My clumsy encounter with the big rattlesnake was a turning point for me. The incident bothered me and became one of the "Moral Dilemmas" that we used to argue about incessantly in Mr. Shagam's classes and after class at his dining room table. One of his "Moral Dilemma," topics was, for example, if there were a stop sign at a crossroads in the middle of the desert, and you could see that there were no cars coming for dozens of miles from any direction, should you stop or would it be alright to run the stop sign? We argued that one for days.
So I thought and thought and argued with myself about the rattlesnake, and, for some reason of which I am still only half aware, I have decided not to kill any more rattlesnakes, unless, of course, they pose a real, immediate threat to someone by venturing too close to my house and vegetable garden or horse pasture. A curious foal, bitten on the nose, will not survive.
Perhaps it was D.H. Lawrence's poem, "Snake," that most affected me. I have taught the poem for many years in my classes, but until now I had never really taken Lawrence's message very seriously. I had always thought that its meaning was just a bit too much on the surface, too obvious, too simple.
We can read and teach the same poems and novels over and over for years, but when our private lives suddenly intersect with them in some unexpectedly powerful and intimate way, it is like a Zen master suddenly whacking his student on the side of the head with a bamboo cane: Enlightenment can come in a flash. For the first time, the poem spoke directly to me.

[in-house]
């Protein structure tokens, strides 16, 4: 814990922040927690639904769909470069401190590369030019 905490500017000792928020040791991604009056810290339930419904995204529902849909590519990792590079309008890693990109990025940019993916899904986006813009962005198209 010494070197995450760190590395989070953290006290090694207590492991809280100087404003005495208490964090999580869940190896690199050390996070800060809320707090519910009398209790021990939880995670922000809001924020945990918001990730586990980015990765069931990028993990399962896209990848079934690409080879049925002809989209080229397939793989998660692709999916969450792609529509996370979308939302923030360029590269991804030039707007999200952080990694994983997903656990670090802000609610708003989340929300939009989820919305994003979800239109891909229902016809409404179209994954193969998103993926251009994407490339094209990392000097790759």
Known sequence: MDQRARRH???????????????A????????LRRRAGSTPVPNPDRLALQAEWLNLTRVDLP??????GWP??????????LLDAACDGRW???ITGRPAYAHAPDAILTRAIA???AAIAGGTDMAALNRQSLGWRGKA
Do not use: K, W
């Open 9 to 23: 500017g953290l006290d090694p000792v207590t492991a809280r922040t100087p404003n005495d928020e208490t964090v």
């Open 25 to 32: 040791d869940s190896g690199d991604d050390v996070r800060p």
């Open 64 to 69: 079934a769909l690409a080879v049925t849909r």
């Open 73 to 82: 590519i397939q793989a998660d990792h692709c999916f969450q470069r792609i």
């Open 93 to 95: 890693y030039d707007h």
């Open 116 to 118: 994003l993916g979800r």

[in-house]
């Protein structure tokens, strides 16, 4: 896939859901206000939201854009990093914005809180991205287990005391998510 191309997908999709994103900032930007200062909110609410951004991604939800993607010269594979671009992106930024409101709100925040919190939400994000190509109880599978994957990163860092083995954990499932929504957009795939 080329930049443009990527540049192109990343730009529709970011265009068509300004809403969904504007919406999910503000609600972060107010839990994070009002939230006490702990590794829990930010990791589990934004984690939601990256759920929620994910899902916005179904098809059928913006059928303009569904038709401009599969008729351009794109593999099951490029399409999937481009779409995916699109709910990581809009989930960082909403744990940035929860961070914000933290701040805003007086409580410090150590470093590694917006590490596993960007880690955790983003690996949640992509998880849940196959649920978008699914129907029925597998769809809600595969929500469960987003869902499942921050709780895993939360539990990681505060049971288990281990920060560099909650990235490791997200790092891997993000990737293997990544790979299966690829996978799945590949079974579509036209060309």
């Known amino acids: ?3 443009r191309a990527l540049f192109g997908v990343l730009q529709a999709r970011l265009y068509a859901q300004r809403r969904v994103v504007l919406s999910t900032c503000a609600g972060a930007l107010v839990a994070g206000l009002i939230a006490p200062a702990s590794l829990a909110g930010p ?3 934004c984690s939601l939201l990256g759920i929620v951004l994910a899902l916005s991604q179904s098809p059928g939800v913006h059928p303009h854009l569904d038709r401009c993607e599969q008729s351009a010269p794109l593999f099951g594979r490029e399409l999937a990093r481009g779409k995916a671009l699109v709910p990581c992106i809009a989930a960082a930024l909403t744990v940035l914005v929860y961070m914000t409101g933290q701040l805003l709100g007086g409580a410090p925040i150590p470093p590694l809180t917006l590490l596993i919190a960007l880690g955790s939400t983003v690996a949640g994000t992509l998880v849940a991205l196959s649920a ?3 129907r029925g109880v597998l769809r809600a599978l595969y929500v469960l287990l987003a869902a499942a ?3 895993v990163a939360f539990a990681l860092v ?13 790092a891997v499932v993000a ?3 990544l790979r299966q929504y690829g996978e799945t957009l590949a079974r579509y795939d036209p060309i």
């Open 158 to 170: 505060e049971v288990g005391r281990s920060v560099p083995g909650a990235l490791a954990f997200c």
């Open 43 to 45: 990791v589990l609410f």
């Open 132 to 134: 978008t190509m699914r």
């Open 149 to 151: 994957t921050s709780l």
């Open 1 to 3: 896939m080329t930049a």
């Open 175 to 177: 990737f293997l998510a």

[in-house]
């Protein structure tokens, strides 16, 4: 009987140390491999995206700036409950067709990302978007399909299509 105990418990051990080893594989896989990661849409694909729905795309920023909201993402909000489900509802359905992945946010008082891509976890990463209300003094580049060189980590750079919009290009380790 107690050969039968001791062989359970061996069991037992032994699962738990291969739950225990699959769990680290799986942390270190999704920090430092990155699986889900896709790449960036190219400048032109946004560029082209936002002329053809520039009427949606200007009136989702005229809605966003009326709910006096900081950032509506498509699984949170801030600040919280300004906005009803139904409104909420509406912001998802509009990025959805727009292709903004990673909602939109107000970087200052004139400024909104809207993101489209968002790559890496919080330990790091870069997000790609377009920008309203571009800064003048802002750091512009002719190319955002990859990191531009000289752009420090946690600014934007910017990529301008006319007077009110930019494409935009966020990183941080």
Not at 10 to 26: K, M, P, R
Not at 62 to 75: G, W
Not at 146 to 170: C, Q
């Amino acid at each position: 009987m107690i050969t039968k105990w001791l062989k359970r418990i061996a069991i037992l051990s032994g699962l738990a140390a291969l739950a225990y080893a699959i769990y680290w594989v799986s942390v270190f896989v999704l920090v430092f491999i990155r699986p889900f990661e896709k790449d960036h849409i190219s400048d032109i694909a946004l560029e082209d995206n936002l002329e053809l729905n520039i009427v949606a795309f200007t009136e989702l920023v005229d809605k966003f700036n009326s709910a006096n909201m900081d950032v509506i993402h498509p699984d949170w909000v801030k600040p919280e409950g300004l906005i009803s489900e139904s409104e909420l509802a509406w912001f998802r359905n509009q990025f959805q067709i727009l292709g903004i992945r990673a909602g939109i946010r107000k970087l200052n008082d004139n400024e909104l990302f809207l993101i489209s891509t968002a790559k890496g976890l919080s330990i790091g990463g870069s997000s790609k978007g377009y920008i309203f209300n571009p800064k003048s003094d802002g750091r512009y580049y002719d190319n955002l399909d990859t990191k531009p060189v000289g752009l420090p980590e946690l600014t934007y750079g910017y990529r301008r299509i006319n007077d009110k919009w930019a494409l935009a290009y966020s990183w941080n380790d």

In the poem, Lawrence is in Sicily and has gone to get a pitcher of water at a public watertrough in a village. There he encounters a deadly poisonous snake drinking at the trough. Afraid, he nonetheless admires the snake for its strange beauty and dignity. But the minute it turns to leave, Lawrence gets an overwhelming urge to "take a stick and break him, to finish him off.” He goes on to say,
I looked round, I put down my pitcher,
I picked up a clumsy log
And threw it at the water-trough with a clatter.
I think it did not hit him.
And immediately I regretted it.
I thought how paltry, how vulgar, what a mean act!
I despised myself and the voices of my accursed human education.
For he seemed to me again like a king,
Like a king in exile, uncrowned in the underworld,
Now due to be crowned again.
And so, I have missed my chance with one of the lords
The rattlesnake helped to bring the gift of fire to the ancient Chumash. We, too, should let the rattlesnake bring its Promethean fire into our lives, into our imaginations, into our souls, into our poetry. The rattlesnake engenders in us both cautious admiration and the deepest fears, profound alienation and the most ancient connections.
Like good poetry, the rattlesnake is at once both simple and impenetrable, and, like the greatest and most enduring poetry, the depth of its meaning may only become clear through time, sometimes, as in my own case, nearly a lifetime. To our placid and easily distracted suburban minds, a chance encounter with a rattlesnake will always remain a dark and disturbing event, an experience that chills us to "Zero at the Bone."
But the rattlesnake is also a complex emblem. It is part of that primary source material from which we have emerged and to which we can never return. The writer William Kittredge has said,” We are reinventing our notion of what is most valuable to us, as individuals and as a species, redefining what we take to be sacred… If we have some luck, and if we stay as smart as we can, we may someday find ourselves living inside the solace of a coherent self.”
Living in rattlesnake country may help us find that coherence at the deeper levels of the self. In the rattlesnake is the radical otherness of pure, raw nature, and if we come to know and respect this otherness, perhaps we can then learn, once again, to step with care, wisdom, and humility through the tall grass of the world.